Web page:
Uniting Native American Tribes in Canada and Montana

By  Kelly Conde

On a cold January day, Bryson Myers played the flute beneath a cottonwood tree on the edge of the Fort Peck Indian Reservation. He wore a wool hat and a shin-length wool Pendleton blanket decorated in Native American design. Propped next to him was a sign. It read, “Idle No More” in large, handwritten letters. The song he played was one he composed to spread awareness about what’s going on next door.

Idle No More spawned from outrage felt by Canada’s First Nations people over a bill that restricts their rights to regulate the use of their land. Though the bill was the catalyst, the movement quickly took a broader scope. Along with First Nations sovereignty, it is about protecting the environment — a fight that came to the forefront after tar sands exploration ravaged Alberta.

Just south of the Canadian border on the Fort Peck Indian Reservation, people like Myers are making an effort to support Idle No More. Their connections to the movement are deeply rooted — many on the reservation have relatives in nearby Canada. However, the impetus to support Idle No More goes far beyond kin. Many recognize that the pillars of the movement are addressing the same struggles Native Americans face.

That includes Myers, who is attending college on the Fort Peck Indian Reservation. He split his childhood between the Rocky Boy Indian Reservation, west of Fort Peck, and the Star Blanket reserve in Canada.

“The minute I knew that the majority of this movement started with my people in Canada, down to the reserve where I was at, I was like ‘Well, I’m going to join this,’” Myers said.

photo by Eric Oravsky
photo by Eric Oravsky

The movement gained momentum with the help of peaceful protests, known as flash mobs. Natives and non-natives swarm a public place to perform Cree influenced round dances and sing traditional Native songs. Myers appreciated how the gatherings accurately portrayed his people as nonviolent.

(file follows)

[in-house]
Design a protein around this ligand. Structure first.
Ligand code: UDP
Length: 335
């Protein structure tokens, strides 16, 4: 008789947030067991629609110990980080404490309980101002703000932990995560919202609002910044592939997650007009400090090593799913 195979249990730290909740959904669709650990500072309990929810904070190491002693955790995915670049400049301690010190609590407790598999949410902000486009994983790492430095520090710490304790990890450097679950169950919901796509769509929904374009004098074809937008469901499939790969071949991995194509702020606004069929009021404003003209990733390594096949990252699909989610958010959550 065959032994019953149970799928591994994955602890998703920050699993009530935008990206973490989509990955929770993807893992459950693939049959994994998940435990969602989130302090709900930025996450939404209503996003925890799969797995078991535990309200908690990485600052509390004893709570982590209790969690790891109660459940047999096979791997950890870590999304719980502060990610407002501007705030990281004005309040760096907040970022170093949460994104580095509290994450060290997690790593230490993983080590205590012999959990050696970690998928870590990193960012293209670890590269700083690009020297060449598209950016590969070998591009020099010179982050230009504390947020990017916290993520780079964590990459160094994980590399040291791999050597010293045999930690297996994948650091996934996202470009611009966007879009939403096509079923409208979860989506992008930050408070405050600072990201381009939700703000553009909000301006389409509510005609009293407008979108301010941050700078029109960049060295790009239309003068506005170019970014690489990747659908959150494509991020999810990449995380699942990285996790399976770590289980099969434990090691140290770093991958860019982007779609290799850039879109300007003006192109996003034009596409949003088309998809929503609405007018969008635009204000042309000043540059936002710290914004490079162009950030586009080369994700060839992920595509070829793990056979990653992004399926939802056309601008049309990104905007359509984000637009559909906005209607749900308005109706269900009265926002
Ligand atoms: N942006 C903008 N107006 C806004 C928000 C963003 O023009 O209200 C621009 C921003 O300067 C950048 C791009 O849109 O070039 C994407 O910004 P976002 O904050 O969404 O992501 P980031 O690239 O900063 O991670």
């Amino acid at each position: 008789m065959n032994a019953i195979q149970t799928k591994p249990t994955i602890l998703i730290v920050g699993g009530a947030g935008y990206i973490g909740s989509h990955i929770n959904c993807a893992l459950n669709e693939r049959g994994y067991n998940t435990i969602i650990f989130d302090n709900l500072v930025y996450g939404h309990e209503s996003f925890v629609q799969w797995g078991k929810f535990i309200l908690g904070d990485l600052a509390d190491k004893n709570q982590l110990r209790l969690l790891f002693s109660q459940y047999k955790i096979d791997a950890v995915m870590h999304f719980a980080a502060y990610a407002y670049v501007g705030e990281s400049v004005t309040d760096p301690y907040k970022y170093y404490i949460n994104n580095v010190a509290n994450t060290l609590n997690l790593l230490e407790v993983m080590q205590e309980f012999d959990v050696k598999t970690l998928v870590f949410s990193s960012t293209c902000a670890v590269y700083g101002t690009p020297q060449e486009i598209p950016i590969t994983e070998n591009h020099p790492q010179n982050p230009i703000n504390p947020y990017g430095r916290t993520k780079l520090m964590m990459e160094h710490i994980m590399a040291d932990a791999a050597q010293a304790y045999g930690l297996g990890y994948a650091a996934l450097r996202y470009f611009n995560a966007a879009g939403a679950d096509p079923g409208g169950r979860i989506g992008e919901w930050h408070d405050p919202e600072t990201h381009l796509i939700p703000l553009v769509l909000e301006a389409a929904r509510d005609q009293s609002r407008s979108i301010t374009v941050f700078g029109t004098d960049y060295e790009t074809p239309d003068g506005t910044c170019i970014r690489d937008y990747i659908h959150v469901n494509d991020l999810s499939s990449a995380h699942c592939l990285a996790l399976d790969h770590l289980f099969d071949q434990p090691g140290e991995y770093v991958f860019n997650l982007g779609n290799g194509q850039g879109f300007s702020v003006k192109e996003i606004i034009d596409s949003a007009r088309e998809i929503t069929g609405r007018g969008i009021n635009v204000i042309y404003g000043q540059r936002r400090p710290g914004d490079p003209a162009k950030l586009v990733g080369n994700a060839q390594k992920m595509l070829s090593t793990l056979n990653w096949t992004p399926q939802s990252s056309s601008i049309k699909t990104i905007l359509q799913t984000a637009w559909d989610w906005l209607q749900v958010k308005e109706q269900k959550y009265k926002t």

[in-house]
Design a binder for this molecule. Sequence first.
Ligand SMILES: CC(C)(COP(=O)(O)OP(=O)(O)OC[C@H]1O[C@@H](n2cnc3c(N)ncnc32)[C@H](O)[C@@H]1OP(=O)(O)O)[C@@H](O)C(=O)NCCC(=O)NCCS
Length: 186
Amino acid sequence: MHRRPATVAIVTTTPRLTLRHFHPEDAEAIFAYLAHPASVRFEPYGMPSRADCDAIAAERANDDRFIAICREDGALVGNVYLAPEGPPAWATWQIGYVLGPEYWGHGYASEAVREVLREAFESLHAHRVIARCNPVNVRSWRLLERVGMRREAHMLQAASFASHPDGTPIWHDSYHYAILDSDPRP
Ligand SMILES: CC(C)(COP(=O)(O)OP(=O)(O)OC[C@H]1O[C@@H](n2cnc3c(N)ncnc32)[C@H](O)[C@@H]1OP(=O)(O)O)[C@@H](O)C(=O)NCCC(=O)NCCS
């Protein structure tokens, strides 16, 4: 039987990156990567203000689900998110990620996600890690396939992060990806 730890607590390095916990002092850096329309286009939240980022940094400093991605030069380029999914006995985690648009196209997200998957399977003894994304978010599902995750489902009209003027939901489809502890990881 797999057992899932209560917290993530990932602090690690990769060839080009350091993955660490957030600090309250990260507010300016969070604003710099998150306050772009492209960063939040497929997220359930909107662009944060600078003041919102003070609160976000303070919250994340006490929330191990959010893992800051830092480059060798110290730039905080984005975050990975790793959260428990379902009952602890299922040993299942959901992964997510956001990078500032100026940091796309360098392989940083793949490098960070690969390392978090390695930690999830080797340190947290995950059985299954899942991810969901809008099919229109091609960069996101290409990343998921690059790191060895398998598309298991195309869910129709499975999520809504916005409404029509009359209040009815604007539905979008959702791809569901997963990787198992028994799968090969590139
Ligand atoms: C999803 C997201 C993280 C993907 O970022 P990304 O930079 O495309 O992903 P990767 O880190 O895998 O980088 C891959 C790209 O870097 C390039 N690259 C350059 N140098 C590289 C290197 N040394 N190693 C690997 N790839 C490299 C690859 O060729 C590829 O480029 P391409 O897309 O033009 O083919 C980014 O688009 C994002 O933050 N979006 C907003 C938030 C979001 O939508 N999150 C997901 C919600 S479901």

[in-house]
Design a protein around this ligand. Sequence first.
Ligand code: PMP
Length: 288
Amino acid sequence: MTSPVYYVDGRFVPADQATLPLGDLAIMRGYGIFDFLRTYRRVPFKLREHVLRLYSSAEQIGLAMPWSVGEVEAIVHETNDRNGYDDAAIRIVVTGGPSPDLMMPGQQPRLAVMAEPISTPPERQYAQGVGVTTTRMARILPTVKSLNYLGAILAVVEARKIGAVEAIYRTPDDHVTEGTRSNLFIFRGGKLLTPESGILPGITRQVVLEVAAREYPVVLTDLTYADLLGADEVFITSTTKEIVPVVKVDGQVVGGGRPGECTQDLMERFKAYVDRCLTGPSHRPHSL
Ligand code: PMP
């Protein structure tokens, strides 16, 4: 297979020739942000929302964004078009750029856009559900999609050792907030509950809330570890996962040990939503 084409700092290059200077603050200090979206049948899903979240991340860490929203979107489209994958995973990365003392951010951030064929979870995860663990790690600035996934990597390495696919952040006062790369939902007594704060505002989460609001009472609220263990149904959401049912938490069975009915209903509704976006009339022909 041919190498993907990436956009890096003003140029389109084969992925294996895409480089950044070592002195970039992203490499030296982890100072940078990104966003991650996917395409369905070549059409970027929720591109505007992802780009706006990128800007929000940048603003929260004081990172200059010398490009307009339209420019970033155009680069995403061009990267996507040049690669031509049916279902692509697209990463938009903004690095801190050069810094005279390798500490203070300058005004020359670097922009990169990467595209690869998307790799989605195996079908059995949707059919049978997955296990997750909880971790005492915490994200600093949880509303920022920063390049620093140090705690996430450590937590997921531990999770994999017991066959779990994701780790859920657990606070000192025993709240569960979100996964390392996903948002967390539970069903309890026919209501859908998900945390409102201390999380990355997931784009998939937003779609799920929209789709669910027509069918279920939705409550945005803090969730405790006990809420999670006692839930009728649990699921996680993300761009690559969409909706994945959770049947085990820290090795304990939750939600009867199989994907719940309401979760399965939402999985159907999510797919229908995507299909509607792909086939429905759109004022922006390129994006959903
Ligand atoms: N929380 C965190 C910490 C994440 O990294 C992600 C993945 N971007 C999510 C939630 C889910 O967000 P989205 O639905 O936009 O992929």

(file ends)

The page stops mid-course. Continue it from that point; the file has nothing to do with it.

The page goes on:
“The way I was raised, and to see what’s happening, I can honestly say it’s going about it the right way,” Myers said.

The peaceful nature of the movement also appealed to Adriann Ricker, who grew up on the Fort Peck Indian Reservation. But what made her want to get involved were the issues the movement addresses — issues that parallel those affecting her people.

“A lot of what they stand for is issues that we are facing and we will face,” Ricker said, citing the Keystone XL pipeline as an example.

To show her support for the movement, Ricker organized an Idle No More gathering on the Fort Peck Indian Reservation, which has a membership of about 10,000, roughly 7,000 of whom live on the reservation.* In mid-January, through posters, Facebook posts, and advertisements in the local newspaper, Ricker brought people together for two nights of protests. On the second night, 50 people showed up to dance, hold signs, or observe.
“A lot of people were intrigued by it,” Ricker said. “It got the conversation going over here.”

One person in attendance was tribal council member Tommy Christian. Christian is half Canadian; his mother is from the Wood Mountain Reserve. He showed up to represent and support his Canadian relatives.

“Up there, they legislate these laws that impose and infringe on sovereignty and so Idle No More is bringing those things to the forefront,” Christian said.

To Christian, Ricker, and Myers, Idle No More goes far beyond the Canadian-American border. And thanks to their efforts, awareness on the reservation is spreading.

“We are in a time when we have to take ownership of who we are as a people and fix things on our own,” Ricker said.

To Ricker and her fellow activists, it’s no less than an awakening.

*This is a correction from the original version, which stated that the Fort Peck Reservation has a population of 200. It is the town of Fort Peck that has a population of 200.